While Desert Pot Springs is garnering national attention with its charge into the cannabis industry, the other end of the valley is starting to steal a little of that green spotlight: Irvine-based Cultivation Technologies has plans to open an 88,000-square-foot cannabis-production compound in Coachella.
“We saw an opportunity in the city of Coachella—an agricultural community desperately in need of economic development,” said Justin Beck, the president of Cultivation Technologies, to the OC Weekly. “After much discussion, the city said they wanted to participate, but essentially didn’t know where to start. So we helped them create an ordinance that fully aligns with (California’s Medical Marijuana Regulation and Safety Act, three bills which became law last year) in advance of its final implementation. We now have six acres of real estate in Coachella that we’re dedicating to the legal cultivation of marijuana for our Coachella-branded cannabis.”
Yes, Cultivation Technologies is naming its product after the city where it will be produced—a city which also shares its name with that really big music festival.
The Coachella-branded operation will be unique in the fact that it will include every part of the production process, including cultivation, manufacturing, on-site lab testing and distribution. The company also plans to work with other local growers to produce extracts.
“We will also act as a third-party service provider of extracts from local producers of cannabis. We’ll also then test, distribute and transport it from our site,” said Beck.
Richard Probst, the chief operating officer of Cultivation Technologies, boasted in a news release that the Coachella operation will be unparalleled.
“Our first six acres could rank among the most state-of-the-art cannabis facilities in the world,” he said. “With our proprietary LED technology and vertical grow systems, we believe our brand will resonate with patients who want the highest quality medicine available in California.”
The city of Coachella’s cannabis green zone is the area east of Dillon Road along Avenue 48, an area that is also the city’s auto-wreckage zone.
While Desert Hot Springs is rising to fame for allowing large-scale cultivation, Coachella has gone much further by allowing not only cultivation, but also permitting extract and edible manufacturing and distribution.
The six-acre facility is scheduled to open in November of this year.
Backers of Bill Proposing a Steep Tax on Cannabis Show a Little Mercy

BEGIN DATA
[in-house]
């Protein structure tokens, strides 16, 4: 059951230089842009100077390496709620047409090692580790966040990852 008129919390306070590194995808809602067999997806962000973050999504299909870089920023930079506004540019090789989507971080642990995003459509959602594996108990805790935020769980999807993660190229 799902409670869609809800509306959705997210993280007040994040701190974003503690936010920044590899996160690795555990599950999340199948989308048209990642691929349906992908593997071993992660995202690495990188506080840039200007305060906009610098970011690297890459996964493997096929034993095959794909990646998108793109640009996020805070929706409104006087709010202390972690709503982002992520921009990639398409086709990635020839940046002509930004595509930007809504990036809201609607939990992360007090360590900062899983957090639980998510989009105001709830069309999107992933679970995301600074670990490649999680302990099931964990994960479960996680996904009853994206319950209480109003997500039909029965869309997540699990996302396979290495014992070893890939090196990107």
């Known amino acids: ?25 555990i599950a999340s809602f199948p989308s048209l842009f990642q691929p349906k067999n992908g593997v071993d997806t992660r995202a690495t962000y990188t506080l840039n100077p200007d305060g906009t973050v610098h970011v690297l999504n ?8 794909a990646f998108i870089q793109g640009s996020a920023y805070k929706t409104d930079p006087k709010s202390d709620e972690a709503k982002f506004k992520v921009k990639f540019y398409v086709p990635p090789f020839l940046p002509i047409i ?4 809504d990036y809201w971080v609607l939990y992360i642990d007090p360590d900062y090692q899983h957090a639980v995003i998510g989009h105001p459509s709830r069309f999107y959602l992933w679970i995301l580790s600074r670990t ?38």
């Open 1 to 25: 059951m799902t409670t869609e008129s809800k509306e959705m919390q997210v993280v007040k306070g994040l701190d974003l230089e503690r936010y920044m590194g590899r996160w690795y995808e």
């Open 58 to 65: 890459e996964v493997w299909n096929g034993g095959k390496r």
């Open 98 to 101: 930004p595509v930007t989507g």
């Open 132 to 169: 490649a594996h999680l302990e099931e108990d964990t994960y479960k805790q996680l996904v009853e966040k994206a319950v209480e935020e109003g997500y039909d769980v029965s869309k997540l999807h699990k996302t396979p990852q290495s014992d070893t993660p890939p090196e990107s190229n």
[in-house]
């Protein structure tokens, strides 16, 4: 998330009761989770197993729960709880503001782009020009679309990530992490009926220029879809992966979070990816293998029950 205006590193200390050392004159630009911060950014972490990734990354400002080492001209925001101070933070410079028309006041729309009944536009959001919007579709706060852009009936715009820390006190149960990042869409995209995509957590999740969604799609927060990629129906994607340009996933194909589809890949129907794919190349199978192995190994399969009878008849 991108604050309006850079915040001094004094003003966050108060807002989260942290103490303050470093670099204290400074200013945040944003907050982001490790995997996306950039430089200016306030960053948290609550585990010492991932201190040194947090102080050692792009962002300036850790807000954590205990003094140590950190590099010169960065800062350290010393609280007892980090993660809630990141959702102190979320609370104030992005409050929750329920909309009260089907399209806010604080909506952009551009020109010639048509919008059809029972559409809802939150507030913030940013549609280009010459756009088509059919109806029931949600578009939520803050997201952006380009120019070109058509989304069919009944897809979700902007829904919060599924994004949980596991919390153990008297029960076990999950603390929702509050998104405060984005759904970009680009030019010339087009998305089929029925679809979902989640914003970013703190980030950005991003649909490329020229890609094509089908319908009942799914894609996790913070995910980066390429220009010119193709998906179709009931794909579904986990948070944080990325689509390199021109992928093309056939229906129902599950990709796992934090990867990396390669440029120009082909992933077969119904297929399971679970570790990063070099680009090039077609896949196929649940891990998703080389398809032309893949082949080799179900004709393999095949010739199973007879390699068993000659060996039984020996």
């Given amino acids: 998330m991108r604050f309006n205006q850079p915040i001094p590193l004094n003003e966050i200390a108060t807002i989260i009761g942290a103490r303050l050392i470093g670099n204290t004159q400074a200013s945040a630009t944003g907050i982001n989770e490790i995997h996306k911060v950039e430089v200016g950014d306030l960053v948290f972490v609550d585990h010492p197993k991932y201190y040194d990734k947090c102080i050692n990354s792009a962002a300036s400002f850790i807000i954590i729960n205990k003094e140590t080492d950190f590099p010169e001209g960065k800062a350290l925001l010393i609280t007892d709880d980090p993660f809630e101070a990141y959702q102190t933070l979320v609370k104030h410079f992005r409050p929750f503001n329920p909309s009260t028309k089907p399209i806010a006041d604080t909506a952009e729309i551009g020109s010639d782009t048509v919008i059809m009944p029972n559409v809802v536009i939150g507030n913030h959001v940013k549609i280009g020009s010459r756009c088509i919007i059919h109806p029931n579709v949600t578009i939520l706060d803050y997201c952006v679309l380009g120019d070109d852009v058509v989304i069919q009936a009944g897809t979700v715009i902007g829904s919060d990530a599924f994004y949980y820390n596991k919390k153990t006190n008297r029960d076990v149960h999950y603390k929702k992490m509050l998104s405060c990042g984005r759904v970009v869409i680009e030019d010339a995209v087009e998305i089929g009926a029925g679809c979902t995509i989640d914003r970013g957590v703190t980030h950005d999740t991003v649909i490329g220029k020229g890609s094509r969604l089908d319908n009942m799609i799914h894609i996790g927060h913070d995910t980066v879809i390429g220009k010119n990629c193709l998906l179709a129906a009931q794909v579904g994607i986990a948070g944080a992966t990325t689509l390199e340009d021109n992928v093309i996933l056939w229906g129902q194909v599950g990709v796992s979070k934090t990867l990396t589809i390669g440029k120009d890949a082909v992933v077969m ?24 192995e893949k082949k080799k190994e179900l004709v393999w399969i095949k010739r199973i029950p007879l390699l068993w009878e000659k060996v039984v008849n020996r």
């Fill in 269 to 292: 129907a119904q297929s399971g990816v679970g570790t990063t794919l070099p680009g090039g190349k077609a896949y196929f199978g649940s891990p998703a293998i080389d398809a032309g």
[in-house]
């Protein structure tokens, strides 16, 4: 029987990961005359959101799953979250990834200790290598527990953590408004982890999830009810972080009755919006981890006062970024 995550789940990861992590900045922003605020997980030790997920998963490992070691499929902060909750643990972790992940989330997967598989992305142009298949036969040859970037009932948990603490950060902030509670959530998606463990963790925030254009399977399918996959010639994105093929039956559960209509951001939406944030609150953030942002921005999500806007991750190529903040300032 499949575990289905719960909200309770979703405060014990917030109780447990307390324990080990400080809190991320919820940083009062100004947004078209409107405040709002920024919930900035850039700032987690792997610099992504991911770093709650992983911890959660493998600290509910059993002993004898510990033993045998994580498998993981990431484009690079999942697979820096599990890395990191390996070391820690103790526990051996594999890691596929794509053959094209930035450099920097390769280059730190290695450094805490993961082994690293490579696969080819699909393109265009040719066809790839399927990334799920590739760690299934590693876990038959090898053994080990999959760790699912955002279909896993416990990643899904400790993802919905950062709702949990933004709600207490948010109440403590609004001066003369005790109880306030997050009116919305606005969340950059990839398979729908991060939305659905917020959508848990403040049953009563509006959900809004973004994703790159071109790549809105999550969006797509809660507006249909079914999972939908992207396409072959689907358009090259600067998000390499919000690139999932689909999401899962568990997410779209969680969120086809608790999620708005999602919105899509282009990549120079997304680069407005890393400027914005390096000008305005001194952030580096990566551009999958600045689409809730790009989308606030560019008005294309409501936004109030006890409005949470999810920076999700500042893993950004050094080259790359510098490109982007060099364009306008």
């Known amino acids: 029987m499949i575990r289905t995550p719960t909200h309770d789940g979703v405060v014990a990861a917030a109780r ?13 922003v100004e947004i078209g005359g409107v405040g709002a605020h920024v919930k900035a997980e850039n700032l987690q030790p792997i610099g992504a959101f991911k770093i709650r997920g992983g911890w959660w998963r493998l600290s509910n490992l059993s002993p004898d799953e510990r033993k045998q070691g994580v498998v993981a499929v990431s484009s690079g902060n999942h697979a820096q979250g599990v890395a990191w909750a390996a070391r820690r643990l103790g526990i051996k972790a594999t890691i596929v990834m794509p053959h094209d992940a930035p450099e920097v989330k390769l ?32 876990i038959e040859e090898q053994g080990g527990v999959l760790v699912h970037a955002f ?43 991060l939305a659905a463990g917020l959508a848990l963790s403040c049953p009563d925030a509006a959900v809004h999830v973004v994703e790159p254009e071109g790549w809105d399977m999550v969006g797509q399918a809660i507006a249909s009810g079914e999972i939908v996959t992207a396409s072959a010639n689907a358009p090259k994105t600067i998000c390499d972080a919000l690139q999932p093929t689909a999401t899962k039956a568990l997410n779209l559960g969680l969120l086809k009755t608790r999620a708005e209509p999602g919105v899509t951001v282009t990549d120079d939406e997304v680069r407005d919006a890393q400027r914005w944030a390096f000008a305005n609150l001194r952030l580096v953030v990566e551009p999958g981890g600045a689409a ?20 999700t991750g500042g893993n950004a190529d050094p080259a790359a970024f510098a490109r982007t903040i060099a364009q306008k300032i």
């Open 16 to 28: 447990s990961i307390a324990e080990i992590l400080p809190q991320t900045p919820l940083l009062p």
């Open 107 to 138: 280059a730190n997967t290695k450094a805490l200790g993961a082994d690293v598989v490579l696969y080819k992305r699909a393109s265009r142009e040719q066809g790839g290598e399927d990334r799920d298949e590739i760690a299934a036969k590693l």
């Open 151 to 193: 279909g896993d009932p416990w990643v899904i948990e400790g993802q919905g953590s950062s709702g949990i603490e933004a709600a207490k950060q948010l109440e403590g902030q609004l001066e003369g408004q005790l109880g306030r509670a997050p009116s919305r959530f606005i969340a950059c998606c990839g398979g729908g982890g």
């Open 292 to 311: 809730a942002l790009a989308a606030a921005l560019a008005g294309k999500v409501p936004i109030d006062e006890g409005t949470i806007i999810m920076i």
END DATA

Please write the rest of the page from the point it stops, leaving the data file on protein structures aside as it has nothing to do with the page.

Introduced by Marin state Sen. Mike McGuire, Senate Bill 987 would have tacked an astronomical 15 percent “user fee” onto all retail cannabis purchases in California. (McGuire also introduced SB 643, one of last year’s three aforementioned regulatory bills that made up the Medical Marijuana Regulation and Safety Act.)
Americans for Safe Access has voiced strong opposition to the bill, arguing that the bill unfairly targets cannabis patients. “We do not assess ‘user fees’ on insulin, heart medications or chemotherapy,” read a recent newsletter sent by the group.
“Imposing additional tax will be bad for public safety,” said Don Duncan, ASA’s California director. “Inflating the cost of legal medical cannabis will force some patients to buy less-expensive cannabis from the unregulated illicit market—where there are no safety standards or oversight. That is the opposite of what regulations are supposed to accomplish.”
In response to pressure from the ASA and other patient advocates, lawmakers have now amended the bill, dropping the rate from 15 percent to 10 percent, and adding an exemption for patients with a state medical cannabis ID card who can prove their income is less than 200 percent of the federal poverty level.
These changes will indeed reduce the impact on lower-income patients, but the fee will still take unjust advantage of many patients. The state of California mandates a $66 fee for the medical cannabis ID card, but counties are free to add to this fee at will. Riverside County charges a $153 application fee for the card.
The bill has passed the Senate and is scheduled for consideration by the Assembly Revenue and Taxation Committee on Monday, June 20. Patient-advocate groups are asking cannabis patients and members of the public contact the committee in opposition of the fee.
Committee staff requests that letters regarding the bill be faxed (!) to 916-319-2198.
Where Is It Legal to Smoke in California?
I overheard a conversation between two people in a bar the other night about how great it is that cannabis is finally becoming legal and more socially accepted. But they also touched on a subject on which I was not clear on myself: Where, exactly, am I allowed to smoke my medication in California?
It seems people smoke everywhere these days, but what’s legal? Surely these bar patrons and I couldn’t be the only tokers in Cali wondering about this. Therefore, I did some research.
As with any law, it’s more about what you can’t do. According to SB420, Section 11362.79., medical cannabis users can light up anywhere but these places:
- Any place where smoking is prohibited by law.
- In or within 1,000 feet of the grounds of a school, recreation center, or youth center, unless the medical use occurs within a residence.
- On a school bus.
- While in a motor vehicle that is being operated.
- While operating a boat.
The bill also states: “Except as authorized by law, every person who possesses not more than 28.5 grams of marijuana is guilty of an infraction punishable by a fine not more than $100.”
I haven’t smoked on a school bus since high school anyway. I can feel my prohibition-era paranoia easing already.